That is at least what Maytal Eyal, psychologist and writer, claims in a recent Time article. Self-love generally regards an appreciation of one’s own worth and accepting oneself that grows from actions that support our physical, psychological and spiritual growth. “Self-love has become the core tenant of modern wellness culture, with the promise that what follows self-love is good health and freedom.”
She argues that self-love has risen as a way to cope with our increasingly individualized society. “To navigate the harsh terrain of radical individualism, self-love has emerged as our tool for survival.” And that is problematic in a world that is characterized by high amounts of loneliness and polarization, as this form of self-love is mainly a force of isolation, rather than an attachment.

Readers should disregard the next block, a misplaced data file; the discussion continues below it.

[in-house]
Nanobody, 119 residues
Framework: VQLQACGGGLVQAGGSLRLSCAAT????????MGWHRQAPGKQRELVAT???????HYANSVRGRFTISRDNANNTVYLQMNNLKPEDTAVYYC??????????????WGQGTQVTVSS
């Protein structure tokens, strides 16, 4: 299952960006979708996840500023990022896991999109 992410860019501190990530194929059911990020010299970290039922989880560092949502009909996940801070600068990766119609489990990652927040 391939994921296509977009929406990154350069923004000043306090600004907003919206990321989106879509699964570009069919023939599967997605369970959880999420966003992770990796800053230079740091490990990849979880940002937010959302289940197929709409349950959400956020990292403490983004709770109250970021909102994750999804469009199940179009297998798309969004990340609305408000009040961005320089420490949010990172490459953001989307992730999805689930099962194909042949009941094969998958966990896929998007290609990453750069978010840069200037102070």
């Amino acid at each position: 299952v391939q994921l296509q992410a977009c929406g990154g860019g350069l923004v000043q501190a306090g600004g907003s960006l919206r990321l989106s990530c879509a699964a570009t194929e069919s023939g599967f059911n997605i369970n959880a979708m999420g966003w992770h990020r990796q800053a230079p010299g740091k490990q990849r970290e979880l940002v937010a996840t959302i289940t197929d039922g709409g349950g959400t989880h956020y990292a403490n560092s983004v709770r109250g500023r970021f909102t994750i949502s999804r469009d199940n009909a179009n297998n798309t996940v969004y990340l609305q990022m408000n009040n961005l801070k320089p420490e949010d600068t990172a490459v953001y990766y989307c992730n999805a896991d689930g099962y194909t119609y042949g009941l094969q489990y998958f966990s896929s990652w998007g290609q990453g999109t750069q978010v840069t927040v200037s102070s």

Especially when brands amplify and utilize this narrative to sell us a need for constant self-improvement in order to love ourselves and sell more products. “In its commodified form, self-love is not really self-love at all; instead, it’s more like self-sabotage, convincing us to hyperfocus on ourselves at the expense of connecting with others.”
The article offers an interesting and contrarian perspective on a phenomenon that seems to be taken as a no-brainer in society nowadays.